An Interview with Debbie Ann Ice

 

Mary Akers: I loved your SOS piece “Betty” and the way your narrator watches and describes the scene for us then re-imagines it from another angle. God, I feel like poor Betty most days. Wandering, searching, naked. It’s such a great allegory, really. And then the interactions between the other women, efficient Ann, who also covets the lavender shirt. This story is so rich. Can you tell me a little about what inspired it?

Debbie Ann Ice: I work out at that YMCA regularly, and one afternoon I noticed these older women  wandering around looking into lockers. I had seen them before. I think they were in a swim aerobics class certain days at the same time. One was very much like the Betty in the story, and yes she did lose her locker, so the others were helping out. I just loved them– their way of accepting the situation, how they all worked together. No one made a big deal about losing one’s clothes. No one teased Betty. No one rolled their eyes.  No one acted like they were in a hurry. “This is who we are,” their way of being said to me. “We are old and we lose things. And we are managing just fine, thank you!” So, of course, I couldn’t get enough of them, I soaked them into my bone marrow. Do you do that sometimes? Soak up people you notice and think are terrific? If I didn’t pause to write, I think I’d follow people around. I would be on TV, handcuffed, some older woman telling the reporter, “She seemed nice at the gym, but then I noticed her car behind me, then in my driveway.”

I did peek into lockers and help. But the rest of the story was simply inspired by observing them and trying to figure out Betty, her loss, her lostness. I can imagine losing a loved one feels like wandering around naked and being unable to find your clothes.  And who cannot relate to that?

By the way, I lose things all the time, and I do forget where I parked my car in big parking lots.

 

MA: Betty learning to “place” herself speaks to me. Like Ann in the story says, aren’t we all placing ourselves all the time? And after a monumental loss like Betty’s it strikes me that she would not only be placing herself, but REplacing herself in her changed landscape. Do you think Betty will find her new place without Gene?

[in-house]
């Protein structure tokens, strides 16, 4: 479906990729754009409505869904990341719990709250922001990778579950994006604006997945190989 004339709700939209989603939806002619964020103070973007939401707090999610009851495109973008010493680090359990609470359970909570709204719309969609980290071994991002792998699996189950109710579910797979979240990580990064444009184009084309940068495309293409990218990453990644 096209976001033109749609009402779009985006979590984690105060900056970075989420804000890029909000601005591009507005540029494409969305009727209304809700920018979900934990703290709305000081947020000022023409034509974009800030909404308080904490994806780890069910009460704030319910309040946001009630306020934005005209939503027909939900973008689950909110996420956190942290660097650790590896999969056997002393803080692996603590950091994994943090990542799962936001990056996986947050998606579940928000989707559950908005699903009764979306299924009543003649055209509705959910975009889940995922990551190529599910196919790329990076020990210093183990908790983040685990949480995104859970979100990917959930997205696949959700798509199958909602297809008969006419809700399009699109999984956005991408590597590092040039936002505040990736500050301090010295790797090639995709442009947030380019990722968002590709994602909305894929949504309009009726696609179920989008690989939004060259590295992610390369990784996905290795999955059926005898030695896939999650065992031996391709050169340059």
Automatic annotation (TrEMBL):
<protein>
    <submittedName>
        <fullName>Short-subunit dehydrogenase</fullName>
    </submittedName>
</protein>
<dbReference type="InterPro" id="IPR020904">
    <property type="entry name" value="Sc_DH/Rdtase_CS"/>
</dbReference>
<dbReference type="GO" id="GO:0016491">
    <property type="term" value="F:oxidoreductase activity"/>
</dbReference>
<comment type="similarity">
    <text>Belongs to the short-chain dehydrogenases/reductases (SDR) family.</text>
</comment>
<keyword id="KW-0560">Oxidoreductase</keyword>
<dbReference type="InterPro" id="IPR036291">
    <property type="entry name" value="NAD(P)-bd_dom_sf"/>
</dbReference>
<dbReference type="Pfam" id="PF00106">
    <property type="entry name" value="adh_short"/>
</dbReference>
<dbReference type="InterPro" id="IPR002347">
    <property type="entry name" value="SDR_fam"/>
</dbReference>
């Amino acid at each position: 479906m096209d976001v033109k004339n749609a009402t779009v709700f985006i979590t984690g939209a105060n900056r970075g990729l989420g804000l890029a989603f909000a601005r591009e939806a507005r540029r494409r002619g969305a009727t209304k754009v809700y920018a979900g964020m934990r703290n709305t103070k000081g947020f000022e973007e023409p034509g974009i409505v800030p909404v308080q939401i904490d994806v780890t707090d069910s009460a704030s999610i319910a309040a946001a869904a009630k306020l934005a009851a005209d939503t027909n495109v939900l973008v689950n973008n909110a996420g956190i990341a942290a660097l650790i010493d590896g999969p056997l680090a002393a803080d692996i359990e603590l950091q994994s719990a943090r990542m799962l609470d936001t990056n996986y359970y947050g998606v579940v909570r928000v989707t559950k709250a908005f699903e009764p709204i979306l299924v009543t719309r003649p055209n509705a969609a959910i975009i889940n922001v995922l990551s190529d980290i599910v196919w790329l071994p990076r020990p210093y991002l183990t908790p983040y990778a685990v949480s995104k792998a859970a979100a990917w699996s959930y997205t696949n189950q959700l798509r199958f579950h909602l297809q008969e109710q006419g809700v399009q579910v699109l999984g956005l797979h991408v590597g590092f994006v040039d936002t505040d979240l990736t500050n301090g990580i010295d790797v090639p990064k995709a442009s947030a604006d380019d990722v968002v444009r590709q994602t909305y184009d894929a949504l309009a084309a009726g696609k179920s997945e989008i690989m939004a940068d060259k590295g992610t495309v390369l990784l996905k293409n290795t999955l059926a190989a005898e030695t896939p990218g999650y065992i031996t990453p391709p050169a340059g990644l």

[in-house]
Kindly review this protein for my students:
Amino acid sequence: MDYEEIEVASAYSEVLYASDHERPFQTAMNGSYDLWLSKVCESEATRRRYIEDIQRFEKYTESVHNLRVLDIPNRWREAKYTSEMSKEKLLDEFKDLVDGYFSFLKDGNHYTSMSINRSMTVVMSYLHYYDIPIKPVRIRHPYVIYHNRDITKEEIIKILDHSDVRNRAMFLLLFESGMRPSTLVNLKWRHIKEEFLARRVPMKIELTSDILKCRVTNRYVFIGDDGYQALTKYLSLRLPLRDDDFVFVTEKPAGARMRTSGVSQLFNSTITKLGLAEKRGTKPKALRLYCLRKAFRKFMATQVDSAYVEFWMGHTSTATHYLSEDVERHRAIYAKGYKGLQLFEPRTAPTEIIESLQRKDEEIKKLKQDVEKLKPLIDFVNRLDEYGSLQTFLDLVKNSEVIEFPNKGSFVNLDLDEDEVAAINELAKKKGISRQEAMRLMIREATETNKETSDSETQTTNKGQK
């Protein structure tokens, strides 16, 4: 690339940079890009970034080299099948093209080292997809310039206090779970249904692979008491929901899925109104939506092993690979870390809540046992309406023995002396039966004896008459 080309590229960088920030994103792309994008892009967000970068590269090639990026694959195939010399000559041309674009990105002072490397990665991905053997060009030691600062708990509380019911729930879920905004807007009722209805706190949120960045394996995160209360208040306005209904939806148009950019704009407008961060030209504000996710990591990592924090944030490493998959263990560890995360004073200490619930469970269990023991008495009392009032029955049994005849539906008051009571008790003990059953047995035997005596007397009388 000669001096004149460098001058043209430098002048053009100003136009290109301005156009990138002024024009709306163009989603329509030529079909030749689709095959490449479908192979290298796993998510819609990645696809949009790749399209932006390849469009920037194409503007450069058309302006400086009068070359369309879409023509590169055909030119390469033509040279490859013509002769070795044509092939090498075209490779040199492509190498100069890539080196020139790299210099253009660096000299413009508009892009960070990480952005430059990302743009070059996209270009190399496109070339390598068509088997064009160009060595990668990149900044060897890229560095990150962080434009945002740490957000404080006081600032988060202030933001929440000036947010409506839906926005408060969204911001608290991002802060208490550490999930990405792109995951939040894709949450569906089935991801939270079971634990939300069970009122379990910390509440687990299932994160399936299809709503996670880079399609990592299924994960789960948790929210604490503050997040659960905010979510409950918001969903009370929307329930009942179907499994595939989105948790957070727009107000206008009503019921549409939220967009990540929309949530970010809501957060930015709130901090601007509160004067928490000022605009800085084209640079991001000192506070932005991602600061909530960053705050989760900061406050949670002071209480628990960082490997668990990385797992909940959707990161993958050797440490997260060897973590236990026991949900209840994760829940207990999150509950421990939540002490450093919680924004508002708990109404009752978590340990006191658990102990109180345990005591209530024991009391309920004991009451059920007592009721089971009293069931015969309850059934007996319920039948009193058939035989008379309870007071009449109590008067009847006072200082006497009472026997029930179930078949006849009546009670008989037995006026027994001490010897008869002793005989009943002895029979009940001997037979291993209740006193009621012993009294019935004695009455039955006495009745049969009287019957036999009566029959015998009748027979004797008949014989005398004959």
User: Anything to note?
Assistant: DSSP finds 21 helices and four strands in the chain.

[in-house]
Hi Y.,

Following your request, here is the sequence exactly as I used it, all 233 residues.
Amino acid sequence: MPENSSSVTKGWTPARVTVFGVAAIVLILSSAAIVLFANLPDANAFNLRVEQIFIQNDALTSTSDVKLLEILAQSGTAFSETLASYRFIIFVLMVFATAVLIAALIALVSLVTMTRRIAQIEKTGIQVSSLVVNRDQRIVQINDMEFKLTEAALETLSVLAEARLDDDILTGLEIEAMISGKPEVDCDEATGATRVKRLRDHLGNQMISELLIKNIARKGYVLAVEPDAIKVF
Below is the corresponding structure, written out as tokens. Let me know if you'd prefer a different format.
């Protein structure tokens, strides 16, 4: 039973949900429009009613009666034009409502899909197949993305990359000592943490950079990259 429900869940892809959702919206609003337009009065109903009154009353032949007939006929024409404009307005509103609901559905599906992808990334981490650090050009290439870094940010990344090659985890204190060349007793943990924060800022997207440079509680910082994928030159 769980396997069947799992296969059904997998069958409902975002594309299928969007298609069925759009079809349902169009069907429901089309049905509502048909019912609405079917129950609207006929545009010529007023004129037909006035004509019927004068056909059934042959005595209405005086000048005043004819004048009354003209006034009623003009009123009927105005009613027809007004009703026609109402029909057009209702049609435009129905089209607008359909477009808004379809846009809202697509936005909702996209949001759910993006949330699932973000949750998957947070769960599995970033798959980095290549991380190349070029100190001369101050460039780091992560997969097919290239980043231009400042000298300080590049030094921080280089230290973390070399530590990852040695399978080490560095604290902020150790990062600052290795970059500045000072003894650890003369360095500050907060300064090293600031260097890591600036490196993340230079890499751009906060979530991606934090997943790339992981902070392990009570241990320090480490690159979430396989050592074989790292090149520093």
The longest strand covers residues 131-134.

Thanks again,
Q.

DAI:Of course she will! Betty owns herself.  She’s just temporarily lost and naked. There are always these Anns and Andreas hanging around to guide people. Everybody wants to help a Betty because we admire those who own themselves, who strive to survive, not linger. Besides, we are all Bettys wondering around naked at some point in our life.  Don’t you think?

 

MA: Yes, I do. Which brings me to one of my favorite questions to ask of contributors: What does “recovery” mean to you?

DAI:I think everyone has a different definition. My definition of recovery is the time it takes to move from defining yourself by the impact of the world upon you to defining yourself  as your impact upon the world. Severe stress, trauma, loss, addiction are huge pains that require lots of work. But every day holds little pains for everyone, small hiccups, we all have to recover from. A bad phone conversation, a rejection of some sort, your kid talking back to you, you and your husband fighting etc. If you let these pains define you, you risk giving yourself permission to act horribly, because you see yourself as a product, not a mover.Dickens described people in one of his books (Tale of Two Cities I think) as houses that hold great mysteries inside, mysteries we can only guess at. A little light escapes the windows, we see shadowy movement, we notice the paint on the outside, we notice the roof that needs repair, we see the driveway with a few potholes. But we can only imagine what is taking place inside.  Sometimes what happens inside is horrifying, so horrifying the outside of the house starts looking worn down–the  paint peels, the roof falls apart, the driveway potholes sit there. Recovery is handling whatever has to be handled in such a way that the house returns to a good condition. It starts to look OK again, holds up well during the seasons and fits nicely into the neighborhood.